Wednesday, December 5, 2007

Communal Strife in Coastal Regions

Coastal Tensions in Kerala: One

By N P Chekkutty

The south-western coast of India, mainly consisting of Kerala and south Konkan, is one of the richest in the country in terms of biodiversity, abundance of fish population, cultural diversity of the fisher people, and historical traditions. With a recorded history of fisher life and trade relations with far-flung countries like ancient Greece and Rome and the Arabs going back to almost 2000 years, life in the coastal belt has been comparatively friction free and prosperous. There was an abundant trade in spices and other valuables through the major ports like Panthalayani and Kodungallur--known as Fandalini and Muziris in Arab and Roman texts-- and the sea has been bountiful. The social life of the coastal people had been comfortable and peaceful, and the people had devised their own traditional methods for sorting out their differences, and these systems remained durable for centuries. But in the past four decades, there have been increasing incidents of violent clashes and the fisher community has been divided vertically on communal lines. In the past few years, there were a series of such incidents occurring at regular intervals making an inquiry into the socio-economic factors behind this phenomenon absolutely necessary.

Kerala is one of the nine maritime states in India and it is also the largest fish producing state in the country. It contributes more than 30 percent of the total marine fish production and more than 36 per cent of marine products exports. It has a long and unbroken coastline extending to 590 kms, and nine out of 14 districts have the Arabian Sea as their western border.

The economic importance of the marine operations can be seen from the fact that more than 75 per cent of the population depends on marine products for their protein in food, supplied by fish vendors who reach every household on cycles carrying their baskets. They reach even the remotest of the villages on the eastern side, making marine economy an integral part of social life. The richness of marine wealth is one reason for the predominant role for fisheries in its economy: Kerala has an economic zone of 36,000 sq kms of marine water spread, rich in its diversity because more than a hundred varieties of economic importance are available in this region. The fishery resource potential of the continental shelf of Kerala, according to a 1976 estimate, was about 8 lakh tonnes a year, of which four lakhs were considered to be from the inshore sea area of 0-50 m depth. In 1991, the working group on resources constituted by the Government of India estimated the marine potential of Kerala as 5.70 tonnes per annum. Till 1989 and 1990, there was an abundant catch, reaching as high as 6.5 lakh tonnes, followed by a steady drop in fish catch. In 1991 it was 5.64 lakh tonnes, and the next year it dropped to 5.61 lakh tonnes. In the past one decade, there has been a continuous drop in marine catch, generating economic pressures on the fishermen population, which is one of the primary factors behind the social strife in the coastal region. As the pressure on marine resources has been mounting, the social tensions in the coastal villages have become more and more pronounced in the past decade.

Traditionally, the fisher population maintained their social and economic relations based on the principle of “common property resources” on the lines of any hunter-gatherer society despite their cultural and religious differences. They had developed a number of traditional social institutions that effectively oversaw any disputes. These institutions which continued to flourish for many generations have been increasingly under pressure in recent periods mainly because of the social and economic changes in the post-Independence years.

The abundance and diversity of the fish resources in the inshore sea of Kerala, arguably one of the richest in the world, is because of its unique geographical and oceanographic features. These shores lie within 20 degrees north of the Equator with relatively warm and stable climatic conditions round the year. Besides, the Arabian Sea estuaries are nourished by 41 rivers from the Western Ghats, providing fresh water and the right saline mix and source of nutrients for fish life. As a matter of fact, a river joins the sea at every 15 km on an average, bringing the ideal conditions for a rich and diverse marine life. Unlike in the more temperate regions, these waters have a large variety of species available in different colours, shapes and sizes. Sandy and muddy substrata, large coral reefs, rich benthic vegetation and coastal protective plants like mangroves are other important features of these waters aiding the biodiversity. The two monsoon rains occurring every year enrich the sea with oxygen and fresh water. These conditions helped the evolution of specialized relations between marine species, high marine diversity and high primary productivity, enabling the fisher people enjoy a stable and prosperous life for a long period.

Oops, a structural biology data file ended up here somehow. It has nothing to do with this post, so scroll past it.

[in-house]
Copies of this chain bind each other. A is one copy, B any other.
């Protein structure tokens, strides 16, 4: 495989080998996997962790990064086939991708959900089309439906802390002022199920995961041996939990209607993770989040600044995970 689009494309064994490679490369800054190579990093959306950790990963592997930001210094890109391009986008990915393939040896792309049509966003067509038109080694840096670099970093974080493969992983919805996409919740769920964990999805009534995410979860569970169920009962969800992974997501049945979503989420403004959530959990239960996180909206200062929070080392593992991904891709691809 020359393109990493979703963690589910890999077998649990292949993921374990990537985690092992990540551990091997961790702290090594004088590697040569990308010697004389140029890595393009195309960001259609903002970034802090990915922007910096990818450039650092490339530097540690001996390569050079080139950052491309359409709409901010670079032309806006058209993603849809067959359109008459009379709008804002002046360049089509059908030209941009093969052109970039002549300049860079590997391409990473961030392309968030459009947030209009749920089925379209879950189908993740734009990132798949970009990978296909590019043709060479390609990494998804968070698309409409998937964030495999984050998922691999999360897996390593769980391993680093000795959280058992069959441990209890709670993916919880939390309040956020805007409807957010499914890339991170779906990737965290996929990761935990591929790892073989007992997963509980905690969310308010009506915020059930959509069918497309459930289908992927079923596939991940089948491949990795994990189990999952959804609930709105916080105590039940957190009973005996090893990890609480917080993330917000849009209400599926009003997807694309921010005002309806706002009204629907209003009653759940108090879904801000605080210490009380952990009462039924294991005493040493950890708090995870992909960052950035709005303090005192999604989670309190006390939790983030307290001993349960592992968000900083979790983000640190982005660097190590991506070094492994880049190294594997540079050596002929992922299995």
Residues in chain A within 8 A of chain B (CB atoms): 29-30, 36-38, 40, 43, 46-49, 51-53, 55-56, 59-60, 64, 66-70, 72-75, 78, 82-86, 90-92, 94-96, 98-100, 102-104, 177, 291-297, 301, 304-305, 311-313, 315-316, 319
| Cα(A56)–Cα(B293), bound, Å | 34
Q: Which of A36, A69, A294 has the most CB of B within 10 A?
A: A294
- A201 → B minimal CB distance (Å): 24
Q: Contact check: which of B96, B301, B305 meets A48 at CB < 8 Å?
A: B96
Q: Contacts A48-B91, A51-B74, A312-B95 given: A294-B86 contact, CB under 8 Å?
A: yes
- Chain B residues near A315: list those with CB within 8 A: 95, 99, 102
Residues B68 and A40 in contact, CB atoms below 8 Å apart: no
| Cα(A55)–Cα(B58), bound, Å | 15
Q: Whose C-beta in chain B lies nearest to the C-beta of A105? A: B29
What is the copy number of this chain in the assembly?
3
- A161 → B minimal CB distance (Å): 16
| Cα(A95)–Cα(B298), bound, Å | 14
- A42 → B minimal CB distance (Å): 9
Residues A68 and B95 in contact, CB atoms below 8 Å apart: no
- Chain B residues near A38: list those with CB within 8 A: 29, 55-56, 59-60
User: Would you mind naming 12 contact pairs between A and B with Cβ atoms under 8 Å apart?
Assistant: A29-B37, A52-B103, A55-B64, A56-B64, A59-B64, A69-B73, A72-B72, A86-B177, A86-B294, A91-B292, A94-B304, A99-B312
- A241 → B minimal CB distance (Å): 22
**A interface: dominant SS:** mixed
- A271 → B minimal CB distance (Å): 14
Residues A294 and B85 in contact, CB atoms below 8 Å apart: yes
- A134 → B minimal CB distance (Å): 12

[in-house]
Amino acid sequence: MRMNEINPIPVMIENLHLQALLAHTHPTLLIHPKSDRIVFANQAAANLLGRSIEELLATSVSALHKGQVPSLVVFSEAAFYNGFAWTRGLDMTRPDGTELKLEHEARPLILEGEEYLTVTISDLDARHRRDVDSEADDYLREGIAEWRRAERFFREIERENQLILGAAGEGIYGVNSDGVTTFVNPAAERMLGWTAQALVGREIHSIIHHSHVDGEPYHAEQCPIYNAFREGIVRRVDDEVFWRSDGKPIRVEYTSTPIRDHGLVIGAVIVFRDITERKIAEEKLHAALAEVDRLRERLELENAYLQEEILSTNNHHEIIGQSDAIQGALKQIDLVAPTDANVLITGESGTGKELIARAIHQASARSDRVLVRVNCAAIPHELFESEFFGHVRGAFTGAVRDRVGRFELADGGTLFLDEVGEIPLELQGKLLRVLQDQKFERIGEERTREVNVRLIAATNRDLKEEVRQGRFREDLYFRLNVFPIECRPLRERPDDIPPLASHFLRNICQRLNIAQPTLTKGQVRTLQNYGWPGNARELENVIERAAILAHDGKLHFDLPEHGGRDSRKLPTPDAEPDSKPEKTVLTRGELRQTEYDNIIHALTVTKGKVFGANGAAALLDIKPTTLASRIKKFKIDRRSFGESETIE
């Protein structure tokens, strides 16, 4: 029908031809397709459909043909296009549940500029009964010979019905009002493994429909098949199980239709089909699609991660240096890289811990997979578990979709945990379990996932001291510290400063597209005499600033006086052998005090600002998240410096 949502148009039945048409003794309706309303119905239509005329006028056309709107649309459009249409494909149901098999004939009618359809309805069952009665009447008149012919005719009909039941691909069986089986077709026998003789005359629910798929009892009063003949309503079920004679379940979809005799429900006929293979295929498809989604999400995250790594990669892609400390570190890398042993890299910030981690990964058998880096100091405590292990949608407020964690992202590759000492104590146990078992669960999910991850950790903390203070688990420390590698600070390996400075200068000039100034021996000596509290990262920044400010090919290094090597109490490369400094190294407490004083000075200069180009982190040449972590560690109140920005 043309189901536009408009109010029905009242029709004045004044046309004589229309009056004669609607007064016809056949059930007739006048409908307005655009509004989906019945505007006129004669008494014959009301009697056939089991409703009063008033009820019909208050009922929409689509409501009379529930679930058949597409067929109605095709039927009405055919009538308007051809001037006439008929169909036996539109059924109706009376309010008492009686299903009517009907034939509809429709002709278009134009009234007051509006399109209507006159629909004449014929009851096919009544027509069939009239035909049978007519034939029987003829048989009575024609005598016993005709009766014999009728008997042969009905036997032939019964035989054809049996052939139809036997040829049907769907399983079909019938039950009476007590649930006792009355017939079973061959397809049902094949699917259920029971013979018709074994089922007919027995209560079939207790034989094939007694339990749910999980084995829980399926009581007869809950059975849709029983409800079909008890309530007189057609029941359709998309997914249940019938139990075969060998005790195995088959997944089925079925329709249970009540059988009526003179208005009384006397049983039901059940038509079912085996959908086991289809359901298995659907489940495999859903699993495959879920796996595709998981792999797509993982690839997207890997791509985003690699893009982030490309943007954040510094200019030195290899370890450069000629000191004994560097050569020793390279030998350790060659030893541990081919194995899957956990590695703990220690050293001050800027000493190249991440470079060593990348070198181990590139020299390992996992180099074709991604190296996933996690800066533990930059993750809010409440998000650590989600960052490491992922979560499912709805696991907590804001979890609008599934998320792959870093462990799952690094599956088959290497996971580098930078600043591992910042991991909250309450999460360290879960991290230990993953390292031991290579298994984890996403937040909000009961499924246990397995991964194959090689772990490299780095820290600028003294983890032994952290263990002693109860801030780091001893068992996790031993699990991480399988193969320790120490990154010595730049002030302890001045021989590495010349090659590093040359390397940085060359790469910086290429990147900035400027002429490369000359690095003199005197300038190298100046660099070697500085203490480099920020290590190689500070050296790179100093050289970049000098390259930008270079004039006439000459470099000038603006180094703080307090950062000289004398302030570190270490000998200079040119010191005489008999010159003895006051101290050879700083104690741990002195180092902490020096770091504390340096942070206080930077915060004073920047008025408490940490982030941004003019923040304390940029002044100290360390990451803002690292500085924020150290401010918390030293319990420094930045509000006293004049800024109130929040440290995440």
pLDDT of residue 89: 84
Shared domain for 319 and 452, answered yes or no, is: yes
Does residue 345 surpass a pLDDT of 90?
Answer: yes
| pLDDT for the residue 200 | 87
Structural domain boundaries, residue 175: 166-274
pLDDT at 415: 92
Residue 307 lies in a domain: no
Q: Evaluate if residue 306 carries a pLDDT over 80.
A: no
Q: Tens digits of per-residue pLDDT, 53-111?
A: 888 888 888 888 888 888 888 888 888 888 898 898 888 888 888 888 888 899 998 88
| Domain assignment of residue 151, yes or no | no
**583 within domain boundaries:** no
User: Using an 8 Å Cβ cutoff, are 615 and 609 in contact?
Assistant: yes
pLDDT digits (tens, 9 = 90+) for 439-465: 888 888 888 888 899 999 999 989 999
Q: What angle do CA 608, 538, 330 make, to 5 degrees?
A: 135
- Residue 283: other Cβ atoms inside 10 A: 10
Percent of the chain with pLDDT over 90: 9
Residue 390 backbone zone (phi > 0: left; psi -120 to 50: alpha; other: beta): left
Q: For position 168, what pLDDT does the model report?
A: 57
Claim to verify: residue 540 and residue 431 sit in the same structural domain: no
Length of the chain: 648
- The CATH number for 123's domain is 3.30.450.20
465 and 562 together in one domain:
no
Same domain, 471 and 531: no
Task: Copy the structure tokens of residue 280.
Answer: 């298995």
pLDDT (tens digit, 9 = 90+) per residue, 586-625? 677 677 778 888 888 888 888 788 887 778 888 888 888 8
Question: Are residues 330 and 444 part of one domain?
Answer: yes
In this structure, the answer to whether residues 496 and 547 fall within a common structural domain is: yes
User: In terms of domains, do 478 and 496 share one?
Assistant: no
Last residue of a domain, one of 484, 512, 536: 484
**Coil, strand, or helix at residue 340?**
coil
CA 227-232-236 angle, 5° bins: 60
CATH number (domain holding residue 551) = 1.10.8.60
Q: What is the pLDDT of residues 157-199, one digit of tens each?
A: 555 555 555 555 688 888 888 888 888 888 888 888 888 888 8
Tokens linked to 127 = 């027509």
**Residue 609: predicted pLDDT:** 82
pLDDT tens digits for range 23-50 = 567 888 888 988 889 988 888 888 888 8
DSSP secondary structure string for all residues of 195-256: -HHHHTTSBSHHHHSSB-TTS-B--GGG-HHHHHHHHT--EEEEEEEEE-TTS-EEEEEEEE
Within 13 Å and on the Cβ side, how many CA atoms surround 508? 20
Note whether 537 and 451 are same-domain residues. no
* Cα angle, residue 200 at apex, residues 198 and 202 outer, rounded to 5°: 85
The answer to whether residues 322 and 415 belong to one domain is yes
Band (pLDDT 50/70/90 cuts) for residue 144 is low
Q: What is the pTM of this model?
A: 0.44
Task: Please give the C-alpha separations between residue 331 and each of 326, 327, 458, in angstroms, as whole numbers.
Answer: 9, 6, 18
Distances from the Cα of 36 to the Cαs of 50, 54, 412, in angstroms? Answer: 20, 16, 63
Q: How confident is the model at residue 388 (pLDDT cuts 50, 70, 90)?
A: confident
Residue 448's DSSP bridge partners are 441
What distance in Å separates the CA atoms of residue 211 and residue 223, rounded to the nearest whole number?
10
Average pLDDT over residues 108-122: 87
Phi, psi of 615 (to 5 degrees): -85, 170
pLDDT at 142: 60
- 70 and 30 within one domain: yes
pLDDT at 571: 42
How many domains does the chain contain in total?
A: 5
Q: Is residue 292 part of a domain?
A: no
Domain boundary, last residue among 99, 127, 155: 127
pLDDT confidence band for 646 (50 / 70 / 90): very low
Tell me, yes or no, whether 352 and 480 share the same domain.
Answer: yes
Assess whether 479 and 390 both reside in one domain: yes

Naturally, fishing has been one of the main economic activities, and according tot present figures, more than 1.5 million people depend on fisheries for their livelihood. Official figures say that there are around 1,50,000 active fishermen in the Kerala coast, working both in the traditional artisanal sector as well as in the mechanized segment.

A major factor behind the changes in socio-economic features of this highly skilled, traditional area of operation is the advent of the mechanized segment and the pressures generated as a result of the policies of economic liberalization and globalization in the recent years. The traditional skills were the mainstay of fishing operations till the late 1960s. The artisans had developed their own skills based on a rustic technology, beautifully described in books of fiction like Thakazhi Sivasankara Pillai’s Chemmeen, a book on the life of fisher people in the Arattupuzha coast in Alapuzha. They had developed various types of craft and gear adapted for various types of fishing operations. For example, kattamarams—known as the only unsinkable craft in the world-were designed as the craft most appropriate to the surf-ridden beaches for launching and landing. It can be propelled manually or by wind power. The ‘mesh size’ of nets was the main principle behind the traditional gear technology. For each species a particular gear with specific mesh size is designed so that it will catch that particular species and among them only the adults, thus causing minimum damage to the environment and preserving the younger population.